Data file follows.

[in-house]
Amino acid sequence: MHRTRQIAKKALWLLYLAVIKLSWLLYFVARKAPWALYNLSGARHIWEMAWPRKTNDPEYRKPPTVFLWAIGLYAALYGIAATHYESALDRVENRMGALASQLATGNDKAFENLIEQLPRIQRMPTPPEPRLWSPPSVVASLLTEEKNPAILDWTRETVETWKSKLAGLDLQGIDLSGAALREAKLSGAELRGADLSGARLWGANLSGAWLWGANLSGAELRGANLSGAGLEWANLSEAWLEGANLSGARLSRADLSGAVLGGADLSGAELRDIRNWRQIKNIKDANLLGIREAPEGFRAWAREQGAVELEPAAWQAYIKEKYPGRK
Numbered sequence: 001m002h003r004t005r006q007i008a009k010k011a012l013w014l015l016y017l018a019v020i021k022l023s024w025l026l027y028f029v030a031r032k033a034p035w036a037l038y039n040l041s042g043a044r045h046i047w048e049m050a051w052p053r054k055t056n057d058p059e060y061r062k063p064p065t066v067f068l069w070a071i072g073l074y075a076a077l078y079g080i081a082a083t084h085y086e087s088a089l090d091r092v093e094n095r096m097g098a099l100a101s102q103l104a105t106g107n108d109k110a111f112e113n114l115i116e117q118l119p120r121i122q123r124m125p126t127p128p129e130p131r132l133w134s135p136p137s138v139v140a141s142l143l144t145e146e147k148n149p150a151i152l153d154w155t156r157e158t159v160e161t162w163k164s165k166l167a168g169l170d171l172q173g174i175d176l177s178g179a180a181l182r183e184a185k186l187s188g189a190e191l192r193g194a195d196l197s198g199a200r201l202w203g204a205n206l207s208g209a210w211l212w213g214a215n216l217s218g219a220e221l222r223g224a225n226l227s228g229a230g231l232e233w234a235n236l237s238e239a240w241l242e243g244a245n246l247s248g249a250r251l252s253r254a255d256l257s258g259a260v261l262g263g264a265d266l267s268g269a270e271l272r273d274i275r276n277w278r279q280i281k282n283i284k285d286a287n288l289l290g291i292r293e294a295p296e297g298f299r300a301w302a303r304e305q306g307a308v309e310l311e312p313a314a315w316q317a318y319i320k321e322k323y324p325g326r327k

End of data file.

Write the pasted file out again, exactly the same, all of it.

[in-house]
Amino acid sequence: MHRTRQIAKKALWLLYLAVIKLSWLLYFVARKAPWALYNLSGARHIWEMAWPRKTNDPEYRKPPTVFLWAIGLYAALYGIAATHYESALDRVENRMGALASQLATGNDKAFENLIEQLPRIQRMPTPPEPRLWSPPSVVASLLTEEKNPAILDWTRETVETWKSKLAGLDLQGIDLSGAALREAKLSGAELRGADLSGARLWGANLSGAWLWGANLSGAELRGANLSGAGLEWANLSEAWLEGANLSGARLSRADLSGAVLGGADLSGAELRDIRNWRQIKNIKDANLLGIREAPEGFRAWAREQGAVELEPAAWQAYIKEKYPGRK
Numbered sequence: 001m002h003r004t005r006q007i008a009k010k011a012l013w014l015l016y017l018a019v020i021k022l023s024w025l026l027y028f029v030a031r032k033a034p035w036a037l038y039n040l041s042g043a044r045h046i047w048e049m050a051w052p053r054k055t056n057d058p059e060y061r062k063p064p065t066v067f068l069w070a071i072g073l074y075a076a077l078y079g080i081a082a083t084h085y086e087s088a089l090d091r092v093e094n095r096m097g098a099l100a101s102q103l104a105t106g107n108d109k110a111f112e113n114l115i116e117q118l119p120r121i122q123r124m125p126t127p128p129e130p131r132l133w134s135p136p137s138v139v140a141s142l143l144t145e146e147k148n149p150a151i152l153d154w155t156r157e158t159v160e161t162w163k164s165k166l167a168g169l170d171l172q173g174i175d176l177s178g179a180a181l182r183e184a185k186l187s188g189a190e191l192r193g194a195d196l197s198g199a200r201l202w203g204a205n206l207s208g209a210w211l212w213g214a215n216l217s218g219a220e221l222r223g224a225n226l227s228g229a230g231l232e233w234a235n236l237s238e239a240w241l242e243g244a245n246l247s248g249a250r251l252s253r254a255d256l257s258g259a260v261l262g263g264a265d266l267s268g269a270e271l272r273d274i275r276n277w278r279q280i281k282n283i284k285d286a287n288l289l290g291i292r293e294a295p296e297g298f299r300a301w302a303r304e305q306g307a308v309e310l311e312p313a314a315w316q317a318y319i320k321e322k323y324p325g326r327k